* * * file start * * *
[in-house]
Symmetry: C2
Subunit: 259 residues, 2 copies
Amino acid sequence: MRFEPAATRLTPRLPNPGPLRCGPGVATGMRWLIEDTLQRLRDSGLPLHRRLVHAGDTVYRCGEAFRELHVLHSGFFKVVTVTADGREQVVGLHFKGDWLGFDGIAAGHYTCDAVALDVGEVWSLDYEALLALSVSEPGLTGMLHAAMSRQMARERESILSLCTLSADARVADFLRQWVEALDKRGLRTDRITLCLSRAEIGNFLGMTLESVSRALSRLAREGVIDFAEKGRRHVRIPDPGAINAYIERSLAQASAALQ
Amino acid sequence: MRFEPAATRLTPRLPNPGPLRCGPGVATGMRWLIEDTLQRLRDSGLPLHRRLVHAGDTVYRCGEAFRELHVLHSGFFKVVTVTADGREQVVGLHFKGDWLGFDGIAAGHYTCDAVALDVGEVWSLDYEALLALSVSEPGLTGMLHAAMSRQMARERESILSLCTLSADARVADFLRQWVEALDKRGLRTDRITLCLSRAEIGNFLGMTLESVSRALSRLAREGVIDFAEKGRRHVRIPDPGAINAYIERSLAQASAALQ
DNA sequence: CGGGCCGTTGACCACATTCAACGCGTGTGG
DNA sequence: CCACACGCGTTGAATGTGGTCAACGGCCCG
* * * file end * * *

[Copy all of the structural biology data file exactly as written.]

[in-house]
Symmetry: C2
Subunit: 259 residues, 2 copies
Amino acid sequence: MRFEPAATRLTPRLPNPGPLRCGPGVATGMRWLIEDTLQRLRDSGLPLHRRLVHAGDTVYRCGEAFRELHVLHSGFFKVVTVTADGREQVVGLHFKGDWLGFDGIAAGHYTCDAVALDVGEVWSLDYEALLALSVSEPGLTGMLHAAMSRQMARERESILSLCTLSADARVADFLRQWVEALDKRGLRTDRITLCLSRAEIGNFLGMTLESVSRALSRLAREGVIDFAEKGRRHVRIPDPGAINAYIERSLAQASAALQ
Amino acid sequence: MRFEPAATRLTPRLPNPGPLRCGPGVATGMRWLIEDTLQRLRDSGLPLHRRLVHAGDTVYRCGEAFRELHVLHSGFFKVVTVTADGREQVVGLHFKGDWLGFDGIAAGHYTCDAVALDVGEVWSLDYEALLALSVSEPGLTGMLHAAMSRQMARERESILSLCTLSADARVADFLRQWVEALDKRGLRTDRITLCLSRAEIGNFLGMTLESVSRALSRLAREGVIDFAEKGRRHVRIPDPGAINAYIERSLAQASAALQ
DNA sequence: CGGGCCGTTGACCACATTCAACGCGTGTGG
DNA sequence: CCACACGCGTTGAATGTGGTCAACGGCCCG